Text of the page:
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Raw sewage continues to be pumped into the Irish Sea at Rush


Rush South Beach

Rush South Beach

Rush South Beach

It could be 2018 before raw sewage ceases to be pumped into the Irish Sea at South Beach in Rush.

The popular North Dublin strand was one of seven established bathing spots that failed to meet quality standards last year.

Irish Water's head of assets Jerry Grant said yesterday that it could take up to two years before plans to connect Rush to the wider sewerage scheme that serves Portrane, Donabate and Lusk are put into action.

"We have a huge investment programme in relation to waste water treatment and these sites are all prioritised because bathing water clearly is an important priority in relation to community, tourism and public health," Mr Grant told RTE Radio.

"So we're trying to get those sites expedited. In relation to the works at Rush, that will take about two years.

"In terms of treatment, we'll be better off next year, and within the next two years all those sites will hopefully be addressed."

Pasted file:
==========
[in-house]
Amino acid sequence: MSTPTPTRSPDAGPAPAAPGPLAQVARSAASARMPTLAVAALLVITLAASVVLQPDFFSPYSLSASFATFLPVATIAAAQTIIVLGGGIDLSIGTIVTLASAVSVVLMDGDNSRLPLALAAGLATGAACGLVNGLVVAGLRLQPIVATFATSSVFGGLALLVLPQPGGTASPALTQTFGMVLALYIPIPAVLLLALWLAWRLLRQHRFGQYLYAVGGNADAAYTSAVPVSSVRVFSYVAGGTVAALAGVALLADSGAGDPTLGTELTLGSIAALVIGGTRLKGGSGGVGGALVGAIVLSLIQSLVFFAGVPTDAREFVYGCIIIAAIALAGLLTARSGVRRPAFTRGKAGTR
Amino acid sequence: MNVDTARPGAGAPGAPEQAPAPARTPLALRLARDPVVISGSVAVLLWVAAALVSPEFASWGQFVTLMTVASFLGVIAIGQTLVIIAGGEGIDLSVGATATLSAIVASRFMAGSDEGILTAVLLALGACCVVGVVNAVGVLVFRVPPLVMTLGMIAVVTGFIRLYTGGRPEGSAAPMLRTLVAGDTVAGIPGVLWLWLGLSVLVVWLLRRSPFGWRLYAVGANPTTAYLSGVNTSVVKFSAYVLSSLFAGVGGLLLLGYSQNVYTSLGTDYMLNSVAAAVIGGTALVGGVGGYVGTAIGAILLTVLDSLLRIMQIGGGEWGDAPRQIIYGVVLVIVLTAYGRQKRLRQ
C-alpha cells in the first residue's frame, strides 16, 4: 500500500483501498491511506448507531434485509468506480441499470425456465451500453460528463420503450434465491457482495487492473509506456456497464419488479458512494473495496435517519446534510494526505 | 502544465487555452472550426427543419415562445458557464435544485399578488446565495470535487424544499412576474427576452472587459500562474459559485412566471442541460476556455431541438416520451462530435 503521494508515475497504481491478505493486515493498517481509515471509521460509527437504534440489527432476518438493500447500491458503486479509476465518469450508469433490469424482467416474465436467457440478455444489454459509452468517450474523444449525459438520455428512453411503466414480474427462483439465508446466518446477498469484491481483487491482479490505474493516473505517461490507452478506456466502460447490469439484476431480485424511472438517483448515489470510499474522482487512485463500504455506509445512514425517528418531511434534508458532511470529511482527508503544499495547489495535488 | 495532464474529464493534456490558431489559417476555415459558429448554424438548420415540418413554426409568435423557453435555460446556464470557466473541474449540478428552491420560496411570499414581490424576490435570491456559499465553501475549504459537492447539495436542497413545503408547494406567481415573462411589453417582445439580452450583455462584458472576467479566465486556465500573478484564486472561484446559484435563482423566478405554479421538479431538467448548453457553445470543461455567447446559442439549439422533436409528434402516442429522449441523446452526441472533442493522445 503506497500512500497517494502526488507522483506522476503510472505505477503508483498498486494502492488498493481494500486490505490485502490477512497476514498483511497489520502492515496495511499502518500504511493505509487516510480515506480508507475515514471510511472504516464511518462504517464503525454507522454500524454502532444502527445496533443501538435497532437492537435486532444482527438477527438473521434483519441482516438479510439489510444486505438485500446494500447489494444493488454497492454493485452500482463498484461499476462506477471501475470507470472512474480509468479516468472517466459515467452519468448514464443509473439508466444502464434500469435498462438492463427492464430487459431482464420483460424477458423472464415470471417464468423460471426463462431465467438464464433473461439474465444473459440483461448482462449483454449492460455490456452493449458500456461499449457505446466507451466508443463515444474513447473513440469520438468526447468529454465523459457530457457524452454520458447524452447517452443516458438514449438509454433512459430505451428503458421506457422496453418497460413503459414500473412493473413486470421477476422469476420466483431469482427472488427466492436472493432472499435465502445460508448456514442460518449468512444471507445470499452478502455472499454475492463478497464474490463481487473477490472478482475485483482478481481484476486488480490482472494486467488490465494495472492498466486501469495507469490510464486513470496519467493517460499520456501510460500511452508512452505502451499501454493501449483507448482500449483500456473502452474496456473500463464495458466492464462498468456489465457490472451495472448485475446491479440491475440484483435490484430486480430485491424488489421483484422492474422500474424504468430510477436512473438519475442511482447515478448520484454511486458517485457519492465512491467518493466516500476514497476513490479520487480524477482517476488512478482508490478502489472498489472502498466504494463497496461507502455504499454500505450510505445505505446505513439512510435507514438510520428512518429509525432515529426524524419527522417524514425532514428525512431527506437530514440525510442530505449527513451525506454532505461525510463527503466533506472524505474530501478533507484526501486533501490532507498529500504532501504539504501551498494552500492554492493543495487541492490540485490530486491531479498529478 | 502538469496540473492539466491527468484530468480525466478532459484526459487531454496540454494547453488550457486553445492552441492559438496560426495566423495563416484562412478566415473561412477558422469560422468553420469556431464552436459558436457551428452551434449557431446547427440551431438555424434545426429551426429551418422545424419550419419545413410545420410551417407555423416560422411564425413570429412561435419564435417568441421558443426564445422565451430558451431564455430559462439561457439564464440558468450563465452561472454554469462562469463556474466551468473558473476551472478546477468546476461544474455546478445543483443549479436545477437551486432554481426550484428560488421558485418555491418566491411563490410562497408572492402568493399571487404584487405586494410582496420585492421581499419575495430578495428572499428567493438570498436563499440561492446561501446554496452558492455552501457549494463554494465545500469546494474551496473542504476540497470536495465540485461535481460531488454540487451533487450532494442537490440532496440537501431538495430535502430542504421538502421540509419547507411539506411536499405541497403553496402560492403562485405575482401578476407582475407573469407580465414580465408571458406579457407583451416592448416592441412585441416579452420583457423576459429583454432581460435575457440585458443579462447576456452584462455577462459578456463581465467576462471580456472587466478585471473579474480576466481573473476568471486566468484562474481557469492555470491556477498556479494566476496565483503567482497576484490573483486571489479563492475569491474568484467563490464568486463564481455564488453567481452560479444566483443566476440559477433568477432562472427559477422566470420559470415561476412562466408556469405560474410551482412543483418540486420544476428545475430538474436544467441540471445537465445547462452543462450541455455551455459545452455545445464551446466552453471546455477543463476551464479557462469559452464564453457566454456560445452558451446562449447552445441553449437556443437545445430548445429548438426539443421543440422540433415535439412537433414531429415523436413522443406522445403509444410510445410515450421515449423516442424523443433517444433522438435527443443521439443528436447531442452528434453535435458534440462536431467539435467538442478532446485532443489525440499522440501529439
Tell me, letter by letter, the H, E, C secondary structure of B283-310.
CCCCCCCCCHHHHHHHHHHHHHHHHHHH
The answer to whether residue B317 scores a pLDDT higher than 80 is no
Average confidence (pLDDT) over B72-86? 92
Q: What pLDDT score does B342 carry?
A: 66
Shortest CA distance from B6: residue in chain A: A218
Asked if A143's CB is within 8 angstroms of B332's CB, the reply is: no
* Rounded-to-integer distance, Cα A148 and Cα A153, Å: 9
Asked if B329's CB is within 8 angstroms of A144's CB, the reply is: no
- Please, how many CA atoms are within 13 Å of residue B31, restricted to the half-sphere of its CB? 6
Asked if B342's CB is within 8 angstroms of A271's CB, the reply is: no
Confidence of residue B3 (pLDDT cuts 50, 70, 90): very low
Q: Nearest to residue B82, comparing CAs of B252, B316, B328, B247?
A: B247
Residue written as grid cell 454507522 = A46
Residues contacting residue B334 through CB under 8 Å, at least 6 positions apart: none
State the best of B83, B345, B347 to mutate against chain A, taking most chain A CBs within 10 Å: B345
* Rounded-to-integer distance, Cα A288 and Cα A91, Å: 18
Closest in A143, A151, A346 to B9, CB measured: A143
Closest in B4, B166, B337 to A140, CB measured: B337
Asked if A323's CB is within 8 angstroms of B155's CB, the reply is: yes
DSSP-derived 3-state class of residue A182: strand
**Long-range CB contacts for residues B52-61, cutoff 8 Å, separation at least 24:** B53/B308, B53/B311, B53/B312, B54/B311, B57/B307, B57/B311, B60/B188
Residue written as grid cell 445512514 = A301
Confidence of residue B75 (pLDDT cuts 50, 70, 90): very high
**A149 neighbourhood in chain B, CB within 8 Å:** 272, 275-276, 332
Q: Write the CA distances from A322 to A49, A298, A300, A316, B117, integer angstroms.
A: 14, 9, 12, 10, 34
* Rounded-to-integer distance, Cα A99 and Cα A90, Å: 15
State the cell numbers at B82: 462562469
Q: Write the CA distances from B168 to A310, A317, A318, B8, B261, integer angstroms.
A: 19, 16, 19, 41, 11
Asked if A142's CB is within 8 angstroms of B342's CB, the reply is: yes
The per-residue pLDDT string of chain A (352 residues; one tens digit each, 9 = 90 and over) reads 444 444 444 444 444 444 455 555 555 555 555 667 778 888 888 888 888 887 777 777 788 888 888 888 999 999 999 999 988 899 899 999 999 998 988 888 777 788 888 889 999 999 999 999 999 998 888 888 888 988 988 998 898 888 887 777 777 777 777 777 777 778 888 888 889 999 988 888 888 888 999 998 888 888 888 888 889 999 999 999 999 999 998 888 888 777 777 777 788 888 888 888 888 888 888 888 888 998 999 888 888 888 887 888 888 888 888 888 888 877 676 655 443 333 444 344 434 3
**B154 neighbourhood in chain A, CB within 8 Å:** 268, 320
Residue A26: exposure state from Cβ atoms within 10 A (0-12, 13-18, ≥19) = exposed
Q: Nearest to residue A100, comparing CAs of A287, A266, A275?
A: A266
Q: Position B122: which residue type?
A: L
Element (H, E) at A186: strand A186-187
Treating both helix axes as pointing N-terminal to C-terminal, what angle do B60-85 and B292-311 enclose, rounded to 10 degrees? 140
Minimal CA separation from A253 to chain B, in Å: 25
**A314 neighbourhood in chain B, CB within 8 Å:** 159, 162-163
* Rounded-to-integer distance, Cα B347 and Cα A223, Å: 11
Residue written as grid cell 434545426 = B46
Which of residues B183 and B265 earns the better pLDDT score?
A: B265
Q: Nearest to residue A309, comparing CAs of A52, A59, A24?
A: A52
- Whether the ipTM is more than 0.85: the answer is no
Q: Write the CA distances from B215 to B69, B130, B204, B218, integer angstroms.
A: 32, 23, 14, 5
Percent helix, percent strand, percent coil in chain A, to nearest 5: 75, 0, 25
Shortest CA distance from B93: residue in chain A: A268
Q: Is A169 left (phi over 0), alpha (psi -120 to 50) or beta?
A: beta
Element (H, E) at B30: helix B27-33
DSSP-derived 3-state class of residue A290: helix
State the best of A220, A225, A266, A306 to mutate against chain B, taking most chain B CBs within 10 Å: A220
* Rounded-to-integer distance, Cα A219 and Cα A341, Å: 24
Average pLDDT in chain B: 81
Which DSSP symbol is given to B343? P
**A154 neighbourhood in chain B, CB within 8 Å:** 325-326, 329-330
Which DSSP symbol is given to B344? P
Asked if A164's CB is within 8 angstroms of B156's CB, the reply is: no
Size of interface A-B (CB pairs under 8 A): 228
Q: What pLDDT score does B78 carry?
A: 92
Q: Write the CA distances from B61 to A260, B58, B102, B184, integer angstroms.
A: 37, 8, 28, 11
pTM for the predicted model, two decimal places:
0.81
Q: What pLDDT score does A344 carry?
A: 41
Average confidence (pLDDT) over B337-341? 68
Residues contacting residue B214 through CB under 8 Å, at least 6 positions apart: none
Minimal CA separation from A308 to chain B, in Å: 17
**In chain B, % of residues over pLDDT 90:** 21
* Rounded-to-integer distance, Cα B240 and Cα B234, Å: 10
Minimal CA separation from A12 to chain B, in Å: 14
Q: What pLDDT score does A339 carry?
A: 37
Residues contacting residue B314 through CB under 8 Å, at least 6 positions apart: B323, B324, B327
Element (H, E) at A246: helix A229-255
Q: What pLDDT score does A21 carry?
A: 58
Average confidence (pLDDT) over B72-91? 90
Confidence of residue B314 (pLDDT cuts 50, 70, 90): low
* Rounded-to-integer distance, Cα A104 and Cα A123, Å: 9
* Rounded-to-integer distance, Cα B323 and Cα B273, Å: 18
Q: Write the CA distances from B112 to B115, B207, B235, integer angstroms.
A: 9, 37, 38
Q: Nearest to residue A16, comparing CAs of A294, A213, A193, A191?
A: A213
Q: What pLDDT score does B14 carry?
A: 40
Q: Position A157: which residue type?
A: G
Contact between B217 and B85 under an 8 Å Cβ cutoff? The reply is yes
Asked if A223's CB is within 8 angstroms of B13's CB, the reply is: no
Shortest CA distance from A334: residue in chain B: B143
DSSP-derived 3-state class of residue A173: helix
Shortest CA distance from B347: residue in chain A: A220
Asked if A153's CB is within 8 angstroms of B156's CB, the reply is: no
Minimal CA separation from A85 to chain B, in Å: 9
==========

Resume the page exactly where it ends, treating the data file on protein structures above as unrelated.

Local businessman Vinny Brennan, who owns Vinny's Barbers just off the main street in Rush, has experienced first hand the raw sewage that is pumped into the sea.

"I've witnessed it myself. I was kayaking just off the harbour and I saw raw, untreated sewage floating around," he told the Herald.

"We were in the water for about an hour before we saw it and we had been swimming before that and it nearly made me sick.

"I couldn't believe that my face was in that water. I'd heard about it before, but it turned my stomach to see it.

"We could literally see it bubbling up out of the water, and we were only about 100 feet away from the harbour. We weren't that far out.

"It's such a shame because Rush is a seaside town and we don't want tourists who visit seeing that and telling people when they go home."

Local councillors believe the raw sewage produced by up to 9,500 people is being pumped directly into the Irish Sea at Rush.

People Before Profit representative Barry Martin said the issue is one he has brought up at Fingal County Council numerous times since he was elected last May.

"The situation is that approximately 80pc of the raw sewage from Lusk is pumped untreated directly into the sea," he said.

"While the town grew from around 3,000 to 10,000 people over the past 20 years, there have been no improvements in waste water management despite an EU directive stating that raw sewage shouldn't be pumped into our water systems.

"Funding has been allocated to connect Rush to the treatment centre in Portrane, but there's been delay after delay.

"The project won't be completed until 2018 which means a minimum of three more summers of people swimming in the sea that has raw sewage in it."